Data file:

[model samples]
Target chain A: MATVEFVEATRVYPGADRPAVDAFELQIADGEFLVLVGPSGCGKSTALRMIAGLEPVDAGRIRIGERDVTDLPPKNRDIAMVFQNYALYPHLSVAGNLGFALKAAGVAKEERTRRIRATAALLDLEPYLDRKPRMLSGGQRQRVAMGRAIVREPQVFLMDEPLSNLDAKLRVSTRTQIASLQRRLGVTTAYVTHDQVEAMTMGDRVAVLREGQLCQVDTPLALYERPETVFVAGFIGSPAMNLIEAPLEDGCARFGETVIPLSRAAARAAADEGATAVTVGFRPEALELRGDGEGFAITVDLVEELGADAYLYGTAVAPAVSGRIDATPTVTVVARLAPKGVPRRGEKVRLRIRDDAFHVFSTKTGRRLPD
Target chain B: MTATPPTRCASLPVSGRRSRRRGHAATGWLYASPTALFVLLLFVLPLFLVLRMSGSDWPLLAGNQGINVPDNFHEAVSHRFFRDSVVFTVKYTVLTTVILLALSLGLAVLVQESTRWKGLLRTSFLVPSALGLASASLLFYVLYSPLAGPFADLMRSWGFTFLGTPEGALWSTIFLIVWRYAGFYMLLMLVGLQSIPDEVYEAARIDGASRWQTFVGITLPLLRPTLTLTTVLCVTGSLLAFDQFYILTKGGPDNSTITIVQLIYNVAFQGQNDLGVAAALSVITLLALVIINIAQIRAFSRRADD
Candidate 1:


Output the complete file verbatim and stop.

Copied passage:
[model samples]
Target chain A: MATVEFVEATRVYPGADRPAVDAFELQIADGEFLVLVGPSGCGKSTALRMIAGLEPVDAGRIRIGERDVTDLPPKNRDIAMVFQNYALYPHLSVAGNLGFALKAAGVAKEERTRRIRATAALLDLEPYLDRKPRMLSGGQRQRVAMGRAIVREPQVFLMDEPLSNLDAKLRVSTRTQIASLQRRLGVTTAYVTHDQVEAMTMGDRVAVLREGQLCQVDTPLALYERPETVFVAGFIGSPAMNLIEAPLEDGCARFGETVIPLSRAAARAAADEGATAVTVGFRPEALELRGDGEGFAITVDLVEELGADAYLYGTAVAPAVSGRIDATPTVTVVARLAPKGVPRRGEKVRLRIRDDAFHVFSTKTGRRLPD
Target chain B: MTATPPTRCASLPVSGRRSRRRGHAATGWLYASPTALFVLLLFVLPLFLVLRMSGSDWPLLAGNQGINVPDNFHEAVSHRFFRDSVVFTVKYTVLTTVILLALSLGLAVLVQESTRWKGLLRTSFLVPSALGLASASLLFYVLYSPLAGPFADLMRSWGFTFLGTPEGALWSTIFLIVWRYAGFYMLLMLVGLQSIPDEVYEAARIDGASRWQTFVGITLPLLRPTLTLTTVLCVTGSLLAFDQFYILTKGGPDNSTITIVQLIYNVAFQGQNDLGVAAALSVITLLALVIINIAQIRAFSRRADD
Candidate 1: